Another event based on collaboration was the Learning Cities Platform in Utrecht. Professor Chris Balch (AoU) reported on how Utrecht was chosen explicitly as a place of connection which is undergoing major changes. The city centre is currently being dug up to reconfigure the main international train station. The cities that sponsored the event showed their commitment to learning from one another and building international connections, a principle that could well apply closer to home.

Organising platforms for exchange in this way is different from the Academy’s more tested, diagnostic approach – like a doctor taking a pulse, as Kevin Murray put it – the best examples of which are our Place Partnering visits.

Places visited so far include Winchester, Stroud, Dublin and Derry~Londonderry, which was also the host of the 2012 AoU Congress. While Max Comfort (AoU) reported on very positive outcomes in Stroud, Derry~Londonderry was a much more challenging experience, with the report the Academy eventually submitted causing a flurry of concern among the establishment and enthusiasm amongst others. Nevertheless Derry~Londonderry was the site of some of our most intense activity over the year and it would be arrogant to think that we could provide all the answers to such deep-set issues.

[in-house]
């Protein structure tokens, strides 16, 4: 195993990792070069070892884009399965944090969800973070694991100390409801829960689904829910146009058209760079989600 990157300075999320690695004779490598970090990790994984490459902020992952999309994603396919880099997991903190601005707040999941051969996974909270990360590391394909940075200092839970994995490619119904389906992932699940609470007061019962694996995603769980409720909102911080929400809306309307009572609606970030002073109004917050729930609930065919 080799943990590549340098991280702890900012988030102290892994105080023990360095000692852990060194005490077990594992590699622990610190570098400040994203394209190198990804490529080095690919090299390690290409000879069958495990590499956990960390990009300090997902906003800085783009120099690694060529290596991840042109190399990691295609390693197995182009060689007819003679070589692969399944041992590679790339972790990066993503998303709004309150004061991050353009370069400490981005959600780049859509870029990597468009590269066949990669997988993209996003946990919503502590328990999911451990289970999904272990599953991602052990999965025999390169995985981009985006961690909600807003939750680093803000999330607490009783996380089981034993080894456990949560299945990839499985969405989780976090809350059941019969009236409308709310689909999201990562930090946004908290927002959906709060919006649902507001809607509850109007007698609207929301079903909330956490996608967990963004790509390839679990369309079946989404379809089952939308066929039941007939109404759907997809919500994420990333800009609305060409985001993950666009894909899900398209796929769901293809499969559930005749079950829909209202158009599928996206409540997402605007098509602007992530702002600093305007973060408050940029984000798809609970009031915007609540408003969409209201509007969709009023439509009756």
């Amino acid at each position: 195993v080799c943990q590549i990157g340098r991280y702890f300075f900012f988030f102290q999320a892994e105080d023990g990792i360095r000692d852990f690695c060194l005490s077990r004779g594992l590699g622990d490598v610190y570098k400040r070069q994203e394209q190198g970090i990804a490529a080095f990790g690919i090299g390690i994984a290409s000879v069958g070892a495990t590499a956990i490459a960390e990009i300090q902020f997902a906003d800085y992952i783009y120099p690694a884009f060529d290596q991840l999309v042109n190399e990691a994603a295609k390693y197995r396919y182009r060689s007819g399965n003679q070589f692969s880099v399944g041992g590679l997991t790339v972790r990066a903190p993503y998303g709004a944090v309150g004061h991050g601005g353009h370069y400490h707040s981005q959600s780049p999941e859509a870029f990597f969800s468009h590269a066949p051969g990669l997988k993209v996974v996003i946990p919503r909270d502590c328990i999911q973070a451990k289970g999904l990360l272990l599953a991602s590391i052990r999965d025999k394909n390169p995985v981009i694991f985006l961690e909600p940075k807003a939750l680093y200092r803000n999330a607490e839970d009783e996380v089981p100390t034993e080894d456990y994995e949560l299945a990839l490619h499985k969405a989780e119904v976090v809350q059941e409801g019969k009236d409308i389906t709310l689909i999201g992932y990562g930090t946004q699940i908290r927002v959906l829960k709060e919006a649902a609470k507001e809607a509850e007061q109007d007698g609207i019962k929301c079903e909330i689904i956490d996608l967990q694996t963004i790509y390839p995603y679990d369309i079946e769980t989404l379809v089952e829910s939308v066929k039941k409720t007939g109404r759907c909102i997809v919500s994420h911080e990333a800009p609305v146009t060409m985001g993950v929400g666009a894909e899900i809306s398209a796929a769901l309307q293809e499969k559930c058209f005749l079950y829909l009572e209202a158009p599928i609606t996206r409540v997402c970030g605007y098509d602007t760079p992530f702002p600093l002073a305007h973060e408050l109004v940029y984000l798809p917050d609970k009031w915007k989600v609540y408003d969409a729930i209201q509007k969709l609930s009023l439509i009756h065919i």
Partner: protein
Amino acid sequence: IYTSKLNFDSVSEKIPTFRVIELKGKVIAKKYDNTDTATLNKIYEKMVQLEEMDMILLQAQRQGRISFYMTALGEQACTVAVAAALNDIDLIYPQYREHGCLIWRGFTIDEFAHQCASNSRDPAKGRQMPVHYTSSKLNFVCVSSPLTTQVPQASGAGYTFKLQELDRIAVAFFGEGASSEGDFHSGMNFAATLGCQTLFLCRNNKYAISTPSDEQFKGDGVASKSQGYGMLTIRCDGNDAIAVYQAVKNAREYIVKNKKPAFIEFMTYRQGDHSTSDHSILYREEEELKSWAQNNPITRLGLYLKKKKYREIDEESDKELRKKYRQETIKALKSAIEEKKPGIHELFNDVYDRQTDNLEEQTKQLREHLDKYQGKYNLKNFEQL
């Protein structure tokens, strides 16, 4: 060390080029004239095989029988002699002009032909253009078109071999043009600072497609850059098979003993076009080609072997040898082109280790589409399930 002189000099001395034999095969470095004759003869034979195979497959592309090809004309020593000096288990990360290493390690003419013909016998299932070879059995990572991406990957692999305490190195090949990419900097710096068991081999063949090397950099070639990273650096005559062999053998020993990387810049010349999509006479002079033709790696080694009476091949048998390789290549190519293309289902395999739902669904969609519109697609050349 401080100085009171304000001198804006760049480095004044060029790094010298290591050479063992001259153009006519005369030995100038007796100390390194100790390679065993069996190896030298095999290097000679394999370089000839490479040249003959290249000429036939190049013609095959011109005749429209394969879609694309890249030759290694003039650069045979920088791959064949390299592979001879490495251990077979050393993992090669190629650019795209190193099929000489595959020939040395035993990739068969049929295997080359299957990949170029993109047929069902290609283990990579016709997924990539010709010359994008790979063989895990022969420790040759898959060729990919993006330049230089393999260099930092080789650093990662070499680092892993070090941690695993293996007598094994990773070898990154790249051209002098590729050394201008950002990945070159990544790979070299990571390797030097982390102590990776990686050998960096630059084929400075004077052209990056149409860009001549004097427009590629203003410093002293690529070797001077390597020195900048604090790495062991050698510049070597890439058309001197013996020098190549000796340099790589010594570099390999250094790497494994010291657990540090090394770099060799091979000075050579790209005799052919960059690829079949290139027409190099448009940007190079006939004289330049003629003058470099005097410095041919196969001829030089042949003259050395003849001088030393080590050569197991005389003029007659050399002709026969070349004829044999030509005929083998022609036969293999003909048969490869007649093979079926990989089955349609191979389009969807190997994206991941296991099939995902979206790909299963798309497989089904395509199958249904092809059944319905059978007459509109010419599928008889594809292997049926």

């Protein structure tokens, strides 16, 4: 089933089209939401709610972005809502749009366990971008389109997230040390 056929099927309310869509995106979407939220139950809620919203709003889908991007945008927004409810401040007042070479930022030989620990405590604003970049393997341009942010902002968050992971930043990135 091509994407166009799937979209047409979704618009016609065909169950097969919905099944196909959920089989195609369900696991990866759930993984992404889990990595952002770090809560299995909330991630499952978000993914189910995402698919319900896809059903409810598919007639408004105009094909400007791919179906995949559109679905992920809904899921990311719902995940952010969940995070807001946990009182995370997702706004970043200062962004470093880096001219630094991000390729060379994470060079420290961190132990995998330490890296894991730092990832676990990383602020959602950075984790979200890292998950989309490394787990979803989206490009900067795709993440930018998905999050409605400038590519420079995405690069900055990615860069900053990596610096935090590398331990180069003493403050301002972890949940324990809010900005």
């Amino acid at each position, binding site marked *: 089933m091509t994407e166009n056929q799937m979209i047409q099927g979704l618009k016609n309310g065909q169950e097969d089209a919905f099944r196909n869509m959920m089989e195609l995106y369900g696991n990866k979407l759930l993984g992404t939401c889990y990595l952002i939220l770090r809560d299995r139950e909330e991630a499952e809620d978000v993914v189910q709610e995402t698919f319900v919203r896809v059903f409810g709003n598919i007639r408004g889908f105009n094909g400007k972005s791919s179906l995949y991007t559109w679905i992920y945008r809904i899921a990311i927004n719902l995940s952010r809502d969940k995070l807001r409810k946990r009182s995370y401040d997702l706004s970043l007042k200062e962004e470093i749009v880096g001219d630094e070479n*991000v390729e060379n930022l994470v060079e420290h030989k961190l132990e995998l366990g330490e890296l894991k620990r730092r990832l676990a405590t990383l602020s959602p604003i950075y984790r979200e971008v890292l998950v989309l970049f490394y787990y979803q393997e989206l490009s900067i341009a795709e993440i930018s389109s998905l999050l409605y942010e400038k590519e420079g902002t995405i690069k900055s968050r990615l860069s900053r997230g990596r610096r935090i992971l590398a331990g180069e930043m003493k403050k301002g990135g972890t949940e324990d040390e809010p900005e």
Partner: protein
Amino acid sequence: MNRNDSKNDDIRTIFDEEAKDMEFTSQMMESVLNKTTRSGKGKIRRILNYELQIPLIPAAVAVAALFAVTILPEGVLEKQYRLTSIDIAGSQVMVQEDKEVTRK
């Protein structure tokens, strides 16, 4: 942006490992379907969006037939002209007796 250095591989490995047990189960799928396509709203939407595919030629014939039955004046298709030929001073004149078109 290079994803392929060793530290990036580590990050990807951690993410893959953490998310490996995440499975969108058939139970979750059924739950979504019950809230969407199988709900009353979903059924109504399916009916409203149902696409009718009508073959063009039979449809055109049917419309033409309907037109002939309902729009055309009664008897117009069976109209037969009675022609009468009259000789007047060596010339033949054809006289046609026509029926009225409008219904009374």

Rounding up the review of 2012 events, Chris Balch reported back from Learning from Lisbon, where Academicians were exposed to a city that has urbanism in its bones. Despite the country’s major economic problems, there is still a huge sense of belonging in this ‘city of neighbourhoods’, bolstered by dynamic initiatives in the public realm: for example the re-use of old mega-projects for public space; the creation of non-fiscal incentives for re-development; and the active use of universities to undertake research into city priorities. To an extent this sensibility is the legacy of the 1974 revolution. At the same time Lisbon is fortunate to have sympathetic professionals with a strategic mindset in its mayoral government.

Looking forward to 2013

This year’s congress will take place in Bradford in May 2013. The congress headline ‘The Producer City’, reflects Bradford’s status as a major player in the late 19th and early 20th century, and its aspirations now with new startups, new growth and new technology.